Stagflation

In 1973, following the oil embargo be OPEC, USA witnessed a what was till then considered counter-intuitive- a phase of rising inflation and unemployment, leading to a fall in national product. To put it simply, higher unemployment means lower effective demand and hence a contraction of output. This would exert a downward pressure on general level of prices, since it is only at reduced prices that producers would be able to sell their products. Adherents of different schools of thought have proposed their own logic to reconcile this. The broad consensus was that since oil forms an important input in all economic activities, its rise contributed to inflation and lowering employment as firms found it costly to retain them.

Without loss of generality then, we should be able to draw a hypothesis that oil prices and economic activity show reverse causation right? The answer is not so simple (if at all there is an answer).  Firstly, this question should be seen from the point of view of whether an economy is a net oil producer or consumer. In 1973, USA was a net consumer, whereas Saudi Arabia was a net producer. During the duration of embargo, Saudi made huge capital gains.

Since June 2014, the price of oil has fallen from its peak of over $100 per barrel to just about $30 in February 2016. Without discussing the impact of this on net consumers (they have been highly ambiguous), let us see the impact of this on producers, namely Russia, Venezuela and Nigeria.

The choice of countries is for a special reason. Although they have huge hydrocarbon reserves, they are always viewed as an alternative to their Gulf counterparts. While countries like Saudi and Iran would not incur a loss even if oil prices fall to $25, the cost of production in the above countries is much higher.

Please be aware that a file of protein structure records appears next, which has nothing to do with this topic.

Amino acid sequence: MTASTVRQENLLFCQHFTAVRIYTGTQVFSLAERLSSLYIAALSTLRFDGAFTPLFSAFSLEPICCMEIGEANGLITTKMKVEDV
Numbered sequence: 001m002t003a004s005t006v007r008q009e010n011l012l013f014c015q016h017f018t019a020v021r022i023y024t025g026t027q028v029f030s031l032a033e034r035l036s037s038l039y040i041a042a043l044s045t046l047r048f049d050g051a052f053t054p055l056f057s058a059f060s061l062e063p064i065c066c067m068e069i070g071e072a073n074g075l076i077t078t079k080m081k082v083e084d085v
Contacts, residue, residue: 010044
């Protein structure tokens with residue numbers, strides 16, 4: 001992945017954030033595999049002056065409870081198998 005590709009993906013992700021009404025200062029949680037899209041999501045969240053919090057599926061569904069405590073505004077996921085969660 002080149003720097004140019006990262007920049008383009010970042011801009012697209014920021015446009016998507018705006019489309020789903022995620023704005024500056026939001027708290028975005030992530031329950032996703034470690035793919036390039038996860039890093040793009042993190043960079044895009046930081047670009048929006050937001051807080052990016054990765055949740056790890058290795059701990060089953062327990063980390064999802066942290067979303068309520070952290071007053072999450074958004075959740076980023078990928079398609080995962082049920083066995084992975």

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Source: The Economist

Falling oil prices have put these countries on the brink of a major crisis. Let us take their case o

Source: The Economistne by one.

Even on the eve of oil price fall, Russia was facing major problems on its domestic front. It was facing sanctions by a few Western countries for its brinksmanship in Ukraine and Crimea. At that point of time, it was thought that the sanctions would have limited impact since it catered to very few individuals and that the vast resources of Russia would keep it afloat. Things have taken a tailspin ever since.

As per data by the Economist, in 2015 the Russian economy grew by -3.8% and inflation was at 15.4%. This in invariably a case of stagflation (I am not quite fond of this word as it equates falling employment and output

as stagnation).  There is hardly anything that Russia could do in response. Investors have been wary of investing here. They have already seen a massive capital flight, leading to a fall in the value of Rouble, making imports costly. The one thing last policy tool the Russian authorities had, viz, monetary policy has already been employed to the highest degree. Interest rate on 10-year Government bonds stands at 10.3%, which is very high. This hasn’t prevented any capital flight per se, but has made it more expensive for Government to finance its fiscal deficit. The monetary policy has been ineffective because the source of this crisis lies outside its realm. The only apparently visible action by Russia is to become more and more authoritarian to curb dissent in every form.